It was the kind of cold, wet, nasty November evening when you think that Summer will probably never come again. My phone began ringing around 10.30pm which I knew from experience could only mean trouble. I let it ring and ring until it went quiet, then I picked it up to see who had been calling and if I could get away with leaving whatever the matter was until tomorrow.
As I held it in my hand it began to ring again. Arben Room 3SN flashed on the screen and with a resigned sigh I answered. A few minutes later I was in the car, a huge bunch of keys on the seat beside me, on my way to a house in Bournemouth, where my wife and I let rooms to tenants on short term contracts. The house is a large Victorian terraced town house, arranged over four floors plus, reached by a narrow twisting stair, an attic room at the very top of the house that would have quartered the servants in days long passed.
There are 10 letting rooms in the building and at this time we are fully let, with a good atmosphere in what is an incredibly cosmopolitan house. I have learned over the years to try and keep a good mix of nationalities and gender in the house; too many men and the women feel intimidated (and the house gets too dirty), too many of one nationality and the communal rooms are ‘annexed’ by a one-nation cliq, driving minority nationals to leave.
I am the police, the judge and jury, the mediation service in times of dispute, emergency door opener when keys are lost or misplaced, maintenance guy, and upon occasion, secretary general of the United Nations that live under my roof.
On this particular night, I let Arben back into his room which he has accidentally locked himself out of (again) and say goodnight and begin to leave. As I make my way back down to the ground floor a rotund middle-aged Brazilian lady by the name of Marta opens her door and asks for a quiet word.
“Please Mr James,” she whispers to me glancing around to make sure no-one hears her, “there is a man sleeping in the lounge every night and I am frightened to go downstairs. Can you do something?”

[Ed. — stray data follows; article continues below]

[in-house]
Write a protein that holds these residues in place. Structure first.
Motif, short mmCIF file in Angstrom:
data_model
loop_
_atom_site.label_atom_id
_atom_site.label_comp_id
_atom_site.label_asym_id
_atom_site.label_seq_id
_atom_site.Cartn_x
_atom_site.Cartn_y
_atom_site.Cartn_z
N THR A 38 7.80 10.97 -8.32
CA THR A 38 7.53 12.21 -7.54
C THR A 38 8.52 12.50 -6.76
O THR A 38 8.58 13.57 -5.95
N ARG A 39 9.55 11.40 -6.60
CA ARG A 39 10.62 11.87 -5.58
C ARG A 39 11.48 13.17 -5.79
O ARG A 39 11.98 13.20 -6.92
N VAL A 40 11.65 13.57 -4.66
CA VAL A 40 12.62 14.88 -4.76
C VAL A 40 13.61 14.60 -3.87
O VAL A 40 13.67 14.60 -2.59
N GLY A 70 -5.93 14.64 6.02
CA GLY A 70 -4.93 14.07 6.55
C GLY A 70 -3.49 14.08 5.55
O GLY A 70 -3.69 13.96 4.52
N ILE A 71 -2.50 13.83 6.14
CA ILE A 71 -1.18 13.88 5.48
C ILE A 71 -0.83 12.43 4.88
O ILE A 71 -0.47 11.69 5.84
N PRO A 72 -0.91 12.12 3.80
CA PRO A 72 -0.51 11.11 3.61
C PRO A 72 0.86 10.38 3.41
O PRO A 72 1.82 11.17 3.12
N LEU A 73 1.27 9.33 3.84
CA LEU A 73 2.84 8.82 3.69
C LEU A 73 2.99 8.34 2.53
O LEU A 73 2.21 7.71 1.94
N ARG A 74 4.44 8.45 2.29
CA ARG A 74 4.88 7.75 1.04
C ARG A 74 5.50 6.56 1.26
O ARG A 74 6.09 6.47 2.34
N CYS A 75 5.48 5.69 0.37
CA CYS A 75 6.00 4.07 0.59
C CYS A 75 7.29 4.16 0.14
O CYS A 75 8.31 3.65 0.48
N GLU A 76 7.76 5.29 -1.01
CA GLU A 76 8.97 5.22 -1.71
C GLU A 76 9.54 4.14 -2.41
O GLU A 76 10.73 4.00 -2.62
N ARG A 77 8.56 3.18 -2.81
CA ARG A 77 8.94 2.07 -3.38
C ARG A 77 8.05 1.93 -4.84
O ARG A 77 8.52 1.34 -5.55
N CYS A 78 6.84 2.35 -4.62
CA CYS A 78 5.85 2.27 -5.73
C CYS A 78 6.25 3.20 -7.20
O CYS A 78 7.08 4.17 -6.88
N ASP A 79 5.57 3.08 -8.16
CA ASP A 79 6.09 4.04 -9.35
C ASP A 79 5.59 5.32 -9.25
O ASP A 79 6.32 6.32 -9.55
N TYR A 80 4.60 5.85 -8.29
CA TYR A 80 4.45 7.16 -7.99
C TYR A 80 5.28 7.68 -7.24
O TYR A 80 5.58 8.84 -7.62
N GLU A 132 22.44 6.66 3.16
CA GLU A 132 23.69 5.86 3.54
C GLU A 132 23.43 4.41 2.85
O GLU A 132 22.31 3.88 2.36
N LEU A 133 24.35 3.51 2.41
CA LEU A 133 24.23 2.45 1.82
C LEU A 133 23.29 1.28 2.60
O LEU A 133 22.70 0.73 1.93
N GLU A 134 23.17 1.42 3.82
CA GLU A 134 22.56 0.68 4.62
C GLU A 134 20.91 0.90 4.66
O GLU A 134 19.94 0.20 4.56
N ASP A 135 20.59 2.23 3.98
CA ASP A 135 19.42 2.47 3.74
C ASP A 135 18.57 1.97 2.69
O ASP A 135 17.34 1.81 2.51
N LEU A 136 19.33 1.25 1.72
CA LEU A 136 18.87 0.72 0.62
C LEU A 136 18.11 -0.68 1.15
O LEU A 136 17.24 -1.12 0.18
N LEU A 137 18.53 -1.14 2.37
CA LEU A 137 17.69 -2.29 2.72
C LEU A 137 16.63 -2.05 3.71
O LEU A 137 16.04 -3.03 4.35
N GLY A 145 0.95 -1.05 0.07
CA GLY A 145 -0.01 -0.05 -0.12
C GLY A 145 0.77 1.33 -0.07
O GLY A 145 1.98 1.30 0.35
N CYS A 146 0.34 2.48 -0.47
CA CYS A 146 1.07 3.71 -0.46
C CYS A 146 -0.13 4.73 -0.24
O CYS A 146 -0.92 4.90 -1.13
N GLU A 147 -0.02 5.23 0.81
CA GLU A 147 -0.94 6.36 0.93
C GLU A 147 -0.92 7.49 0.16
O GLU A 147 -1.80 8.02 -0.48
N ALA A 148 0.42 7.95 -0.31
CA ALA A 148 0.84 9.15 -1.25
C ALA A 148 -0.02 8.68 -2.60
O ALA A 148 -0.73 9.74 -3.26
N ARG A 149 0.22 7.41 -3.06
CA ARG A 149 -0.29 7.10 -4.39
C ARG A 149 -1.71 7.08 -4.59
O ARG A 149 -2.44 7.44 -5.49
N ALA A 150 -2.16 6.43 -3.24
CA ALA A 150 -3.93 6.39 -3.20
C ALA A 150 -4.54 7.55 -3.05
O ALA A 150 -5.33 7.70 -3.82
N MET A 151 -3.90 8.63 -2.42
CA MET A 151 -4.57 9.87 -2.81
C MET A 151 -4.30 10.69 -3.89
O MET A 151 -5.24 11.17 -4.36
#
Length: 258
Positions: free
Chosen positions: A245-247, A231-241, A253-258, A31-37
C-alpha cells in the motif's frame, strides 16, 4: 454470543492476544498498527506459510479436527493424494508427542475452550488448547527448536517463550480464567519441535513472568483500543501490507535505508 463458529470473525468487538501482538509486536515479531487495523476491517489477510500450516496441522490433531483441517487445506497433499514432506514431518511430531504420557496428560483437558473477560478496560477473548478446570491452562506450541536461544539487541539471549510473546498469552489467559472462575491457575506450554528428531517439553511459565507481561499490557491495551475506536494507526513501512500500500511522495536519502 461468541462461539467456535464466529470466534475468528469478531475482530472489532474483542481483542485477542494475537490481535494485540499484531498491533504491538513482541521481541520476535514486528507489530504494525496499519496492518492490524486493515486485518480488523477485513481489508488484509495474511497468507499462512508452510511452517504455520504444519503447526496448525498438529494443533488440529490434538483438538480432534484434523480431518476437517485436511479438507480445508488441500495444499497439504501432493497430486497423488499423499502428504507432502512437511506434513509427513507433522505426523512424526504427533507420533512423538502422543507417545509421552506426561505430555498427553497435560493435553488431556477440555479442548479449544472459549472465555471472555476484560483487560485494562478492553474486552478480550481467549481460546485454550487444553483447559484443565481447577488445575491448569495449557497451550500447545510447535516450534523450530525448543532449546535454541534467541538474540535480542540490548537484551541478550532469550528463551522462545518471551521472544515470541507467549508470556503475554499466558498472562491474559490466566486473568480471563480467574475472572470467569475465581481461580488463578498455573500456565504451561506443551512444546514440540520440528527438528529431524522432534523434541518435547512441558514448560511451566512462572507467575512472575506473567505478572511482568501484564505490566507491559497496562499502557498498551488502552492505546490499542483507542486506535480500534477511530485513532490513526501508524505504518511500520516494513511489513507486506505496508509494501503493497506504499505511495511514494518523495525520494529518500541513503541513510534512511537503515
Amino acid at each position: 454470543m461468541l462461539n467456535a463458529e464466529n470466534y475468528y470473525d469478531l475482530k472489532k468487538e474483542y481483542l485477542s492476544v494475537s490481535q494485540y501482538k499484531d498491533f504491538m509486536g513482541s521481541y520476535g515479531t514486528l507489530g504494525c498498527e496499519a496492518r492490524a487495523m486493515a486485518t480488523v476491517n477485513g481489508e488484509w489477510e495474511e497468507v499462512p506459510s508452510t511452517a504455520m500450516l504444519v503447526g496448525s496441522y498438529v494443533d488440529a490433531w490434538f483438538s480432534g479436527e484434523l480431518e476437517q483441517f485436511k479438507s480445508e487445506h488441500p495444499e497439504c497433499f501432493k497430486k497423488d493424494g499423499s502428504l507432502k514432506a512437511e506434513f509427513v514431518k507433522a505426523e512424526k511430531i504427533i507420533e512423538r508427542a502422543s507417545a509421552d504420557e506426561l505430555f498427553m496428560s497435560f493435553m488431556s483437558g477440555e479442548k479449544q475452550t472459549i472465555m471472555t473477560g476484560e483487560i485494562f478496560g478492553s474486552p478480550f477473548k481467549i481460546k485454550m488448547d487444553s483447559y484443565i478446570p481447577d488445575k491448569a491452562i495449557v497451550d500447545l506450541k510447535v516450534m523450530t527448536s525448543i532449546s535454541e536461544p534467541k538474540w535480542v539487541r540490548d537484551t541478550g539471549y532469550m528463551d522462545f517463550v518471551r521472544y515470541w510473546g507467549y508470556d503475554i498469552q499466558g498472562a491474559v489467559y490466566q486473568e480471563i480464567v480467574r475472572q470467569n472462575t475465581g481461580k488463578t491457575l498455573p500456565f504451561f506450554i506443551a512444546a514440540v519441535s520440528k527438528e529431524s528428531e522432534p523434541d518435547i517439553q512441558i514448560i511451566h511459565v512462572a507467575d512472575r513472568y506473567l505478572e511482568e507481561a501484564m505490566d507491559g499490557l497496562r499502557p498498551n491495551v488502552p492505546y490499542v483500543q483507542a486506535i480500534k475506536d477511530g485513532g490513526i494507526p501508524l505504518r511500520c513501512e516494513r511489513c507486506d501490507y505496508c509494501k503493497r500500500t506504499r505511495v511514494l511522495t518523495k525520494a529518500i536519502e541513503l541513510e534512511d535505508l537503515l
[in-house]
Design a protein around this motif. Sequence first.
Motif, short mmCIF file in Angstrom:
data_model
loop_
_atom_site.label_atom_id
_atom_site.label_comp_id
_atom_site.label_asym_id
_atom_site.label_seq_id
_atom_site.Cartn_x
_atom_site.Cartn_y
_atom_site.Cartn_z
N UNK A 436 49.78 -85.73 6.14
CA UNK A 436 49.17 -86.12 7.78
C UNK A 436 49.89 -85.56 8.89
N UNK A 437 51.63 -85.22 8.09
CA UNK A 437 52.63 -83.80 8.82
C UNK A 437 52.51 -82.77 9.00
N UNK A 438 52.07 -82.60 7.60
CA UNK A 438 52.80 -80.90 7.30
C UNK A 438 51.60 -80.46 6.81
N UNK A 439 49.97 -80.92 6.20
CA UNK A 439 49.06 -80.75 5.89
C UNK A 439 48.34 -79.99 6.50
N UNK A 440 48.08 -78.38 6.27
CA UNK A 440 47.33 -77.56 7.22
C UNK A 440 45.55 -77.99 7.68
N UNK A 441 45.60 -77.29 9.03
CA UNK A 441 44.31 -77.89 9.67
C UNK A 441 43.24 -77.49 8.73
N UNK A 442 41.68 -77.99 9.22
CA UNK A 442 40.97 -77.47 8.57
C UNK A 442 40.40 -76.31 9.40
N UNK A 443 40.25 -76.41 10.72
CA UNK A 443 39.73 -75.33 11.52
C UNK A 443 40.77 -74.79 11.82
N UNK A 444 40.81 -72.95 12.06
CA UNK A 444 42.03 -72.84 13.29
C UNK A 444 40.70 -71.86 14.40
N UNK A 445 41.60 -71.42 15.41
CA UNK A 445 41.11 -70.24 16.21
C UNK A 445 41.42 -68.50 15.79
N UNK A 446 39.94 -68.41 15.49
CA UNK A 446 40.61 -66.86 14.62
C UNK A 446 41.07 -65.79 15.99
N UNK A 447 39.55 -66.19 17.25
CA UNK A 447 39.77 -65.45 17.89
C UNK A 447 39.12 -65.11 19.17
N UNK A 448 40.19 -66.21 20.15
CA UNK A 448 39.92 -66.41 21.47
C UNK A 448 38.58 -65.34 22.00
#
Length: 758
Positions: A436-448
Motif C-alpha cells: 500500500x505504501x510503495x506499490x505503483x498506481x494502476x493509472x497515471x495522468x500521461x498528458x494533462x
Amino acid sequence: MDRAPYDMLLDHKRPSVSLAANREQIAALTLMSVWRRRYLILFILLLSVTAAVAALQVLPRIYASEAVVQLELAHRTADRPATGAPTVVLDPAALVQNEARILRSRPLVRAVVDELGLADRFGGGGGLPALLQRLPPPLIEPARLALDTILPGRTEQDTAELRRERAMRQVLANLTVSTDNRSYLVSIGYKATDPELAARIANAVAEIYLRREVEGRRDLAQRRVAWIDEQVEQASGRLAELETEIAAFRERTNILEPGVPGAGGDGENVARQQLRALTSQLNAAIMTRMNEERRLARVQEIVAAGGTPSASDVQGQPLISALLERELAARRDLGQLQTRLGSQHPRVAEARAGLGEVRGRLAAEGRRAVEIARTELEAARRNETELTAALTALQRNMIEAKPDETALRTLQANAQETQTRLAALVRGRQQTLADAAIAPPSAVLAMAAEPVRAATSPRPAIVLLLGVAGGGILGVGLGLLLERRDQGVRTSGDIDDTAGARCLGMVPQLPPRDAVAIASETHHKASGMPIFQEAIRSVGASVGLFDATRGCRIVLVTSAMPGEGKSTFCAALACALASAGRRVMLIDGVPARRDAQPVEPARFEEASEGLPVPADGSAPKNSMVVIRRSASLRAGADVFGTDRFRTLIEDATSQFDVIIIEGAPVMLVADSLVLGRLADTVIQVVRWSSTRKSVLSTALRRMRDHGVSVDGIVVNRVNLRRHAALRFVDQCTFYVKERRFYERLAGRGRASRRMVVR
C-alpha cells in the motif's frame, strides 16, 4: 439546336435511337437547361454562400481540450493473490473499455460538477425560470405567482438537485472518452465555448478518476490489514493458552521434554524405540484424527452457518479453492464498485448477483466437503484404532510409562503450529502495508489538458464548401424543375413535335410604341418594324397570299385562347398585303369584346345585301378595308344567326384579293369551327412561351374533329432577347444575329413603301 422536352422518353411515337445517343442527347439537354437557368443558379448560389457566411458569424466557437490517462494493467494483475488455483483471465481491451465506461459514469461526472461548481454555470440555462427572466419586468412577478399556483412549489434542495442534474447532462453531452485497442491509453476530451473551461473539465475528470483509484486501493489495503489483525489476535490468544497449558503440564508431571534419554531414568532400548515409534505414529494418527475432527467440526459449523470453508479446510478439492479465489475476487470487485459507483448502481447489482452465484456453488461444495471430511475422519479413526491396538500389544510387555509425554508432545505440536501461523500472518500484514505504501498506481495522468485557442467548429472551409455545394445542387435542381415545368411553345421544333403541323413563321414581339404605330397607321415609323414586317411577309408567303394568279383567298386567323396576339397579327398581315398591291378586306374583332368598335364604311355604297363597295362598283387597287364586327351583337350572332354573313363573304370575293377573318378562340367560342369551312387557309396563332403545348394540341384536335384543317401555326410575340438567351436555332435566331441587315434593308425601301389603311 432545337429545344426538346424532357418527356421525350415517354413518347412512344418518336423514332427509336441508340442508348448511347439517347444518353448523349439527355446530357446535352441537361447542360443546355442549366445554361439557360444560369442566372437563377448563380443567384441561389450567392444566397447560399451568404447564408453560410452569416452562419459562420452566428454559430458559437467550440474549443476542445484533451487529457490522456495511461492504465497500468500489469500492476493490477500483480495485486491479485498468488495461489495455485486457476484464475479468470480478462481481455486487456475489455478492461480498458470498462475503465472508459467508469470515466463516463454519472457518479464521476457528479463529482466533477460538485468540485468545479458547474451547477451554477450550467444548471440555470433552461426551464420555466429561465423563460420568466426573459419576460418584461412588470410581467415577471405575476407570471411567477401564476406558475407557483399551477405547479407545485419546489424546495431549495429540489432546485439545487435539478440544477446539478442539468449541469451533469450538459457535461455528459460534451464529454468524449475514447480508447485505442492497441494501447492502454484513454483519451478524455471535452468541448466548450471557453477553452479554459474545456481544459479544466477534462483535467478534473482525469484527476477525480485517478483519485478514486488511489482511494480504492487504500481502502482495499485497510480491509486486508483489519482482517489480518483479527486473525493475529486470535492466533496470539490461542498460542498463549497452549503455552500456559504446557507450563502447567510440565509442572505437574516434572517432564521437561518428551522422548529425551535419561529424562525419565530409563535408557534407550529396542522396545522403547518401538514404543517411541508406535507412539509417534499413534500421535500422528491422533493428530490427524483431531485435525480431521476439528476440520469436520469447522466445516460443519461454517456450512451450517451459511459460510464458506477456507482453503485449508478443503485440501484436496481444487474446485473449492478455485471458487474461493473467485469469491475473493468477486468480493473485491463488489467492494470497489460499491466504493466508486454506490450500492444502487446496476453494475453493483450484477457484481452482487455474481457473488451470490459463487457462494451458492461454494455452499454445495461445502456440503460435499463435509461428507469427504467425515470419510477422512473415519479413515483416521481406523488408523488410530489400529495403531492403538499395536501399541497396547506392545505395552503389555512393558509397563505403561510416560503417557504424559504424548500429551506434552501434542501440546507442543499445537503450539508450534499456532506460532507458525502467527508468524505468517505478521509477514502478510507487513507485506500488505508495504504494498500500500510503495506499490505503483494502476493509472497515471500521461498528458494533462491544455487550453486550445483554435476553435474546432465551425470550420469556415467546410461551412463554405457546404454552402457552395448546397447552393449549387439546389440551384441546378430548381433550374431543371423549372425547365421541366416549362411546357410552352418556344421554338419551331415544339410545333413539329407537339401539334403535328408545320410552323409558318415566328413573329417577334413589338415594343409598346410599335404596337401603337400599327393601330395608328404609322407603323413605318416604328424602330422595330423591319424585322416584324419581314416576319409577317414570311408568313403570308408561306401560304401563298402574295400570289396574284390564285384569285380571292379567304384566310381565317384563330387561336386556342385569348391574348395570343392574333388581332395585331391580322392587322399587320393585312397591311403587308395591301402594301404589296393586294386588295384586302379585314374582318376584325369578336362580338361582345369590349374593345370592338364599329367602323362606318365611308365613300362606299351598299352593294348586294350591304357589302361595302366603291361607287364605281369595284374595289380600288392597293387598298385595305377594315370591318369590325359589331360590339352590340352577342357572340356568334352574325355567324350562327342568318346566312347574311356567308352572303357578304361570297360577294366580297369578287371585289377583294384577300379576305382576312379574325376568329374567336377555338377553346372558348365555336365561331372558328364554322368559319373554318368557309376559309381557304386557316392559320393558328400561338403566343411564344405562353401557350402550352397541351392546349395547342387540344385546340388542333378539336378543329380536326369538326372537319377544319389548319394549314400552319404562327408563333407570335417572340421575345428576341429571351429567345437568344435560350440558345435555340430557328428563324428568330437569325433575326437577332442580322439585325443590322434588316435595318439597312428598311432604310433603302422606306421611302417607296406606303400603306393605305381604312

“How is he getting in Marta? Is someone letting him in?” I ask, feeling a little apprehensive.
“The catch on the lounge window is broken and he lets himself in after 12 o’clock. I am afraid of him Mr James.” I look at my phone to check the time; 11.15pm. I phone my wife and tell her what is going on and steel myself for the wait and the forthcoming confrontation.
At first I decide to sit and wait in the darkness of the lounge, but the light from a nearby streetlamp streams in through the window leaving me exposed to view from outside. I want to catch whoever it is so I decide to wait in the hallway for the intruder to arrive.
My nerves are slowly unravelling in the stillness of the night when I hear a soft fumbling from within the room and the scrabbling sound of someone climbing in through an open window. My heart hammering in my chest, I throw open the door and flick a switch flooding the room with light.
The intruder stands before me, his shoulders slumped in a defeated posture that tells me that no violence will be forthcoming and I am simultaneously relieved and dismayed to see the familiar features of an ex-resident.
“Yusef! What the hell do you think you are doing sneaking in through my window like this? What has happened to you?” I demand of the intruder.